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Vienna Beef CEO Jim Bodman on the cost of compromise

February 12, 2019 / 4 min read

Jim Bodman, CEO of Vienna Beef, talks about the complications of co-leaders, the importance of customer input, and the right way to eat a hot dog.

Image of three Chicago style hotdogs on paper.

When Vienna Beef hot dogs made their debut at the Chicago World’s Fair just over 125 years ago, it forever changed the Chicago food scene. Chicago-style hot dogs are now a cornerstone of the city’s identity, and Jim Bodman has been at the helm of this iconic brand for more than 35 years.

Jim’s had an interesting leadership journey. He started at Vienna Beef nearly 50 years ago, stamping 39-cent stickers on packages of hot dogs. He worked his way up until 1982, when he and his business partner bought the company and became co-CEOs. They continued in that shared role for nearly 20 years before Jim took on the job by himself. Jim says that the “co-CEOs” role was where he learned one of his biggest lessons in leadership: A company needs to have one clear leader.

“Trying to operate the business with two CEOs was just a total mess,” Jim said. “The problems didn’t stem from the relationship with my business partner — he’s a great leader that I have a lot of respect for. The challenge was how people perceived our roles. People had camps — his camp and my camp — and they’d compete with each other instead of pulling for the overall greater good.

“The worst example of this is when we decided to close our Los Angeles factory and take all of our manufacturing to Chicago. The location wasn’t the issue, but our recipe was. You see, the recipes at each factory were a bit different, and we needed to settle on one.

“We lost almost all our business in both cities because of our unwillingness to make the proper decision.”

“My partner and I were divided on the decision, which caused our ‘camps’ to be divided, too. The argument raged for weeks and, because we didn’t have a clear leader, we were paralyzed and couldn’t make a decision. Instead, we compromised and changed both recipes in an effort to find a middle ground. Big mistake. We made a product that pleased neither group, and we lost almost all our business in both cities because of our unwillingness to make a decision.

“We ended up scrapping our plans and going back to separate recipes that we very slowly combined over time. In the end, we recovered, and our customers were happy — but it was a bumpy road, and we learned a lot of lessons.”

This story struck a real chord with me. As a leader, you have to be willing to make a choice and move the company forward — and sometimes those decisions can be hard. There are times when I’m asked to make a decision or implement a new change at Plante Moran, and I find myself wishing I had more information or a better sense of what the outcome would be. But the reality is, more often than not, it’s just not possible — and, if I waited until I had all the information, the firm would be at risk of falling behind.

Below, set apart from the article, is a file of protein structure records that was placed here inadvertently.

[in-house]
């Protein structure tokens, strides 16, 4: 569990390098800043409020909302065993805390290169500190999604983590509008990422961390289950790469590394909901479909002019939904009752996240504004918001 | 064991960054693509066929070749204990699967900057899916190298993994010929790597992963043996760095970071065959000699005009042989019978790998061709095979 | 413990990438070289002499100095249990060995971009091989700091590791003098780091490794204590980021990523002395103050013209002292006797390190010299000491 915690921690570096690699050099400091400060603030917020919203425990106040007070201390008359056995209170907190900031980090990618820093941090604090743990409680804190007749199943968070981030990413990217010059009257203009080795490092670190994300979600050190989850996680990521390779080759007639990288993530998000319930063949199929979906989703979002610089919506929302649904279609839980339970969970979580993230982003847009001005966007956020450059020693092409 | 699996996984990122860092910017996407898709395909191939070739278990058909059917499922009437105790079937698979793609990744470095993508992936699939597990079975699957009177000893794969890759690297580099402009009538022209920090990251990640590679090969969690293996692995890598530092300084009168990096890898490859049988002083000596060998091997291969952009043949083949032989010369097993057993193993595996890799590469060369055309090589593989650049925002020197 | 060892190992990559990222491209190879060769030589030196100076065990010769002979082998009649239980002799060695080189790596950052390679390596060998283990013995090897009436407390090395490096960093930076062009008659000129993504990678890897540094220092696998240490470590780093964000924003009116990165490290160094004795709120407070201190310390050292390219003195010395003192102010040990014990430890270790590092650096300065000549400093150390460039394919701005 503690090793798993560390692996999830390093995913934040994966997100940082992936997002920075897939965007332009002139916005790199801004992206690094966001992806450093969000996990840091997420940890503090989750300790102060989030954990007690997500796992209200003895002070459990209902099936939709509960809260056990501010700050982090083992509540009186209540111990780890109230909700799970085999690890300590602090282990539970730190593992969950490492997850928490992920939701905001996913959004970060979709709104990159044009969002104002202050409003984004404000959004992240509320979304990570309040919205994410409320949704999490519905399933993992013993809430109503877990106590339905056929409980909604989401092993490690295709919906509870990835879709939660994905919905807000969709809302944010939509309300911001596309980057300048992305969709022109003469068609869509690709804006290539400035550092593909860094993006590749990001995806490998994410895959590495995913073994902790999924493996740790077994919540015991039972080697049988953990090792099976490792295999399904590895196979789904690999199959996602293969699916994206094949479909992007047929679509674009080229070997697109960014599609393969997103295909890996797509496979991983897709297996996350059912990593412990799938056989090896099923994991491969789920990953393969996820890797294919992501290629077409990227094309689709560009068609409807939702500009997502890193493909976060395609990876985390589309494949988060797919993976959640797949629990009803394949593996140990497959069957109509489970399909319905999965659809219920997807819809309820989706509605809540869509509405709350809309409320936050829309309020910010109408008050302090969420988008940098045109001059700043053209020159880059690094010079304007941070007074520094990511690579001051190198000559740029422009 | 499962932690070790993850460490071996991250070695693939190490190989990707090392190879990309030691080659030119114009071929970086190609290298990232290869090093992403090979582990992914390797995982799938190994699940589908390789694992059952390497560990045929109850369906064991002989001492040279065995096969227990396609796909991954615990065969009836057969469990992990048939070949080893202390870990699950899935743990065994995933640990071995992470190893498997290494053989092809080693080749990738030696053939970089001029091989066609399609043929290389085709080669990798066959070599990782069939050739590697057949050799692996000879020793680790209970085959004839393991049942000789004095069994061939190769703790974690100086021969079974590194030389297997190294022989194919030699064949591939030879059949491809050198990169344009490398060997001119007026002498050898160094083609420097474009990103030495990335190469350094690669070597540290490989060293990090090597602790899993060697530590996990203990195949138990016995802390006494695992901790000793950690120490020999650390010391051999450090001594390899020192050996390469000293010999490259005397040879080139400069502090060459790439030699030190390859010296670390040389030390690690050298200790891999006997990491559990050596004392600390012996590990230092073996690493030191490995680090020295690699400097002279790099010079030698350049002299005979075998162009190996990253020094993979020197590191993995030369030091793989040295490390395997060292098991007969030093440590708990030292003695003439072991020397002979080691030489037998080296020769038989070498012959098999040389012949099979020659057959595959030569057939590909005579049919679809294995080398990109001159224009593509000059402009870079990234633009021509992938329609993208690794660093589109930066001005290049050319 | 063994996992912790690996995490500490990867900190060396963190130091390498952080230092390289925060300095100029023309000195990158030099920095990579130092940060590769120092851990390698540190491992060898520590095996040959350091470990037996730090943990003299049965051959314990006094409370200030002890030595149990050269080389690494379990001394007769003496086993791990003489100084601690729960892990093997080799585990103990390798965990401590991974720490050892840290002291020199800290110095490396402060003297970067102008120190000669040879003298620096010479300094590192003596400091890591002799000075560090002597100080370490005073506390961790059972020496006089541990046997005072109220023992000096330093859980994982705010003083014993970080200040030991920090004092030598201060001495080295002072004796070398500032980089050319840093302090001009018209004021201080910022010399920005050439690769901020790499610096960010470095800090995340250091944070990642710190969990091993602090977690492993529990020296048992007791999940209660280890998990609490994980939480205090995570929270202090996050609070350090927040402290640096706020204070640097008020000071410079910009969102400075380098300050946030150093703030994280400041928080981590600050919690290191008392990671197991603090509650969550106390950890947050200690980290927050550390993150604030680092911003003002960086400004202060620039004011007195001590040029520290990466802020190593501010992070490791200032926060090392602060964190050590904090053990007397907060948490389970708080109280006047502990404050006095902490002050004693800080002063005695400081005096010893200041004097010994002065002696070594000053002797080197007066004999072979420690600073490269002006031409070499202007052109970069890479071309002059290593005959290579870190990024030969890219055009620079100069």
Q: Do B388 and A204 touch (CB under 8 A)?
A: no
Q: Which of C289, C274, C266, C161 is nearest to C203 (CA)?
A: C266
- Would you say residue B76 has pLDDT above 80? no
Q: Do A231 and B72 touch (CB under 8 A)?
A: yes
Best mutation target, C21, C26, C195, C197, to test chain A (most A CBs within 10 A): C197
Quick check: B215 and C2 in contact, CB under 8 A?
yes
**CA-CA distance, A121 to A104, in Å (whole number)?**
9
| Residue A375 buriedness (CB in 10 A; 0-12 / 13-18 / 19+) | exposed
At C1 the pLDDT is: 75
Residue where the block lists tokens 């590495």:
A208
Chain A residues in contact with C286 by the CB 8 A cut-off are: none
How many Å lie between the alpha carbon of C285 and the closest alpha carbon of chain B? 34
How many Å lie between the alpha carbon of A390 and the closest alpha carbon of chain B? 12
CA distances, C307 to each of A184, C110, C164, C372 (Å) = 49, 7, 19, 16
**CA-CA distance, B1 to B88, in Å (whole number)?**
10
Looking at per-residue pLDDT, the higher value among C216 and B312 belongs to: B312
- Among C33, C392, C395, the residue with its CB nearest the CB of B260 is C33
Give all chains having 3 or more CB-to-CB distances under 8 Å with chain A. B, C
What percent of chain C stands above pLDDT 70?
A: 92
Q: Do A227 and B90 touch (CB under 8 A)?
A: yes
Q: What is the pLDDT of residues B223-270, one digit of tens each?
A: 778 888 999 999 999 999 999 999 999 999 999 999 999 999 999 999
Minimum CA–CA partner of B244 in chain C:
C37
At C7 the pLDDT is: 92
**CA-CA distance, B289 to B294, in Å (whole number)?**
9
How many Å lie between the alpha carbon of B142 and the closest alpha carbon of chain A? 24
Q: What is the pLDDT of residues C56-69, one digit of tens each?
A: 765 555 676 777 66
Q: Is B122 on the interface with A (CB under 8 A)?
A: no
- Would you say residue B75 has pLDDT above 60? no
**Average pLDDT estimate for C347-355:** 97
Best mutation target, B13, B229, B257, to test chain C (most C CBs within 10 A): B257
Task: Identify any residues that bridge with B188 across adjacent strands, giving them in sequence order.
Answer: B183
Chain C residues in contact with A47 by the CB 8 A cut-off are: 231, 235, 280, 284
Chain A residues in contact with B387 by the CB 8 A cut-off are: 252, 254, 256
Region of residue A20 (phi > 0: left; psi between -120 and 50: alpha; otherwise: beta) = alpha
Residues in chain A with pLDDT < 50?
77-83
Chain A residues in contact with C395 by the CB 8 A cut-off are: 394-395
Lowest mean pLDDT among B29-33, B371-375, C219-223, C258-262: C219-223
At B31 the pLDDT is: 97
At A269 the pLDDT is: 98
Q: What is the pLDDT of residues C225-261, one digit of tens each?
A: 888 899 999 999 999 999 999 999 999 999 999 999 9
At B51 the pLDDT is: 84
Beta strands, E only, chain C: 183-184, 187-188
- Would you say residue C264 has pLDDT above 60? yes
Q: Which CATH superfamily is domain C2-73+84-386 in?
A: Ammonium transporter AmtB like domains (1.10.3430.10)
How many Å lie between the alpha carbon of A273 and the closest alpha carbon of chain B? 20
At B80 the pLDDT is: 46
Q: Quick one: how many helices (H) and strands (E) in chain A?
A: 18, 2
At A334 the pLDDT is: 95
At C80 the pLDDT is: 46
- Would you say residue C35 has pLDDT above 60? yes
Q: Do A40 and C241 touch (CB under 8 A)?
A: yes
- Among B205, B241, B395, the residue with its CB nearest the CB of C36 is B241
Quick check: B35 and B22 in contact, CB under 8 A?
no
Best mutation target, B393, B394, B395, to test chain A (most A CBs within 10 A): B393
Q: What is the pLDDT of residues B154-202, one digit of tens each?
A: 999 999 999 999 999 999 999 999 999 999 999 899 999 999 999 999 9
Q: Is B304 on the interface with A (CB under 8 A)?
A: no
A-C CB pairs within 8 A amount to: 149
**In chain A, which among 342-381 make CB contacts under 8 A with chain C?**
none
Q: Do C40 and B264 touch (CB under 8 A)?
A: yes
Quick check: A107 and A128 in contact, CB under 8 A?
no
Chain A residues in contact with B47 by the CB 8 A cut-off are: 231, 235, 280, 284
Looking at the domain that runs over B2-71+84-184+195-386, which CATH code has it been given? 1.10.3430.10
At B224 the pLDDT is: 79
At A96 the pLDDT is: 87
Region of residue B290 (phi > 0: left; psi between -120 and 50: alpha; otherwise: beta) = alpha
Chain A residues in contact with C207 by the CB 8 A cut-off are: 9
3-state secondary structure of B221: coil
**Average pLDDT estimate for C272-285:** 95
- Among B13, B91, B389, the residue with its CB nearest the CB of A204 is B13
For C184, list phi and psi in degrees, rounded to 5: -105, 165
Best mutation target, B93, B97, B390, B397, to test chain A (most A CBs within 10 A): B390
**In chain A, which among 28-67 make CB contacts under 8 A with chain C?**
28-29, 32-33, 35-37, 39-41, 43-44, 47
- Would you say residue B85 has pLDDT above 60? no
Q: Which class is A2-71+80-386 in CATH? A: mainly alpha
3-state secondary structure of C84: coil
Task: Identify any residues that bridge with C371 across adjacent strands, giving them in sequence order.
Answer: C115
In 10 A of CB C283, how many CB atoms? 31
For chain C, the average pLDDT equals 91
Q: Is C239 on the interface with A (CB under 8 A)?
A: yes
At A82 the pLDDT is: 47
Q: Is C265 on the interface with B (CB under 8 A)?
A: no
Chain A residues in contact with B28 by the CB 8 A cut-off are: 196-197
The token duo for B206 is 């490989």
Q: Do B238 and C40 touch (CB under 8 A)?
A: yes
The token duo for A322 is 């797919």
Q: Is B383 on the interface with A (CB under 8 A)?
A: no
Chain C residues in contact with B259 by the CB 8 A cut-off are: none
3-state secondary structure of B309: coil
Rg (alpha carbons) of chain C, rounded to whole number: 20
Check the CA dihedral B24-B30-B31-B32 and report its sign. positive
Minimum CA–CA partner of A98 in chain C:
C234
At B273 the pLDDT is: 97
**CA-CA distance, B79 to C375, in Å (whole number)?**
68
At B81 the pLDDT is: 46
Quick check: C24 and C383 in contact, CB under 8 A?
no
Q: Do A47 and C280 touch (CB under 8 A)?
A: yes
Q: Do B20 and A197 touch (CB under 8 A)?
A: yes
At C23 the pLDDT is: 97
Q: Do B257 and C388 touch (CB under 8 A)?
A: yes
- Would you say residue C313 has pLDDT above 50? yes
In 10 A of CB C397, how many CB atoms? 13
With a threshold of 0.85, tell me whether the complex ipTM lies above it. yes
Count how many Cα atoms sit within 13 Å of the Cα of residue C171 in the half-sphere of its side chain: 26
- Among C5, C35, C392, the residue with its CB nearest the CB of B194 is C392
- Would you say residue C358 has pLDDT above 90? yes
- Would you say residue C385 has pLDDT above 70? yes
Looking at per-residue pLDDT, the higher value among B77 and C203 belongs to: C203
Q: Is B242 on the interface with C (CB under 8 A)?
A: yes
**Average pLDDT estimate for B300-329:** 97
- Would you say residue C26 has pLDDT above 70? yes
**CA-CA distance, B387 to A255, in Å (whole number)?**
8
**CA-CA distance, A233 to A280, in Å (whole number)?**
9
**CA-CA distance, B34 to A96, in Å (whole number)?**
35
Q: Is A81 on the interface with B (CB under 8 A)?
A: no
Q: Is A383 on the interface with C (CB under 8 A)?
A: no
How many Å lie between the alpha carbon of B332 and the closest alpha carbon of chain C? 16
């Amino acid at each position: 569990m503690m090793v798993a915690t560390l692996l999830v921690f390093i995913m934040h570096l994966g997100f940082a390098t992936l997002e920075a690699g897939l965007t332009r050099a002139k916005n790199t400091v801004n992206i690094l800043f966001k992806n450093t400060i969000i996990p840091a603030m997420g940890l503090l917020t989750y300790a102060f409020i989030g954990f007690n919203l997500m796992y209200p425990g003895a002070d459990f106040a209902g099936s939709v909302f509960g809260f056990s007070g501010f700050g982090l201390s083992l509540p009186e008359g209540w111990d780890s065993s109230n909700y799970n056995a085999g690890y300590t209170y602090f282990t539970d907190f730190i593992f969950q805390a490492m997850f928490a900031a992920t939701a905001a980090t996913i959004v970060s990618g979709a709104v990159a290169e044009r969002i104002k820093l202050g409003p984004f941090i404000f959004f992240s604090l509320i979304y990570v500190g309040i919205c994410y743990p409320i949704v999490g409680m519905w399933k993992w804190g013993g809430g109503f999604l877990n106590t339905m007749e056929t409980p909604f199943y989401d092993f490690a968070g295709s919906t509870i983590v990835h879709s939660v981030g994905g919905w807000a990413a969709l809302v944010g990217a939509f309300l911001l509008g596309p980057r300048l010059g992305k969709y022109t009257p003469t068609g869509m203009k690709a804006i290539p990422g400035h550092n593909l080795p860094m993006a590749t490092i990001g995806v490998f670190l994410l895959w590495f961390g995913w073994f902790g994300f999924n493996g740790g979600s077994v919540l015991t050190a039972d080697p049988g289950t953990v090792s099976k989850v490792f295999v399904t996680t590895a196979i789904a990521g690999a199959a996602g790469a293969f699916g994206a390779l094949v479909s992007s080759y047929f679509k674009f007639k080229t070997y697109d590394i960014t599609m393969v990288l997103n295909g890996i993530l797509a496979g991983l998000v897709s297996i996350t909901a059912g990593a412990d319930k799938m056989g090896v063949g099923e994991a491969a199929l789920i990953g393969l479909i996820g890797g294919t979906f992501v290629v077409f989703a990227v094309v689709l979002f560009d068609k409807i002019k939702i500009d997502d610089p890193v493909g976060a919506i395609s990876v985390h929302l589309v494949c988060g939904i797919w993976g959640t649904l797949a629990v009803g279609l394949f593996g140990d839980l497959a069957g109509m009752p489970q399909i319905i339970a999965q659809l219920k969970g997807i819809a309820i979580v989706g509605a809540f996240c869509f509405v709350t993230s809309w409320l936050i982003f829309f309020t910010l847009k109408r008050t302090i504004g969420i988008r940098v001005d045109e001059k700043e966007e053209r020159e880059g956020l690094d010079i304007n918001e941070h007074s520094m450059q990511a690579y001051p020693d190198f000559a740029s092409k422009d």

Keeping the company moving forward is not an easy task, but then neither is being a leader. You have to be in tune with what’s right for your customers and your staff, all while learning from your mistakes and focusing on the bigger picture.

But, as Jim said — it’s all for the greater good.

More from Jim

What else did Jim emphasize during our conversation? Here are a few additional points:

On diversifying your portfolio

“Over the last 20 years, we’ve added other businesses. Early on, we were very, very dependent on the beef cycle and decided that we needed to diversify what we were doing to get rid of that dependency. Now, a third of our revenue comes from pickles, and about 10 percent comes from soup and chili.”

On the importance of customer input

“Sometimes, when people are raised in the production side of the business, they tend to think customers complain too much. It’s important to understand that you’re lucky when a customer complains, because that means they still want to buy from you — they’re giving you a second chance.”

On the proper way to eat a hot dog

“I have a way that I make my hot dog — and I love it ‘my way,’ but if someone standing next to me does it a bit differently and leaves off the relish, that doesn’t necessarily make it wrong. Having said all that, there is one thing that should never touch a hot dog: ketchup! No one over the age of 10 should put ketchup on a hot dog. It just doesn’t fit.”

Leadership personality profile:

Your leadership approach in one word: Uncomplicated

The leadership quality you most admire in others: Quiet and unwavering determination

Your best piece of business advice: Don’t allow little decisions to drive big decisions.

What you look for when you hire: Someone who is better at a specific job than I

To be an effective leader, you cannot… allow anyone to think that you do not totally appreciate their efforts.

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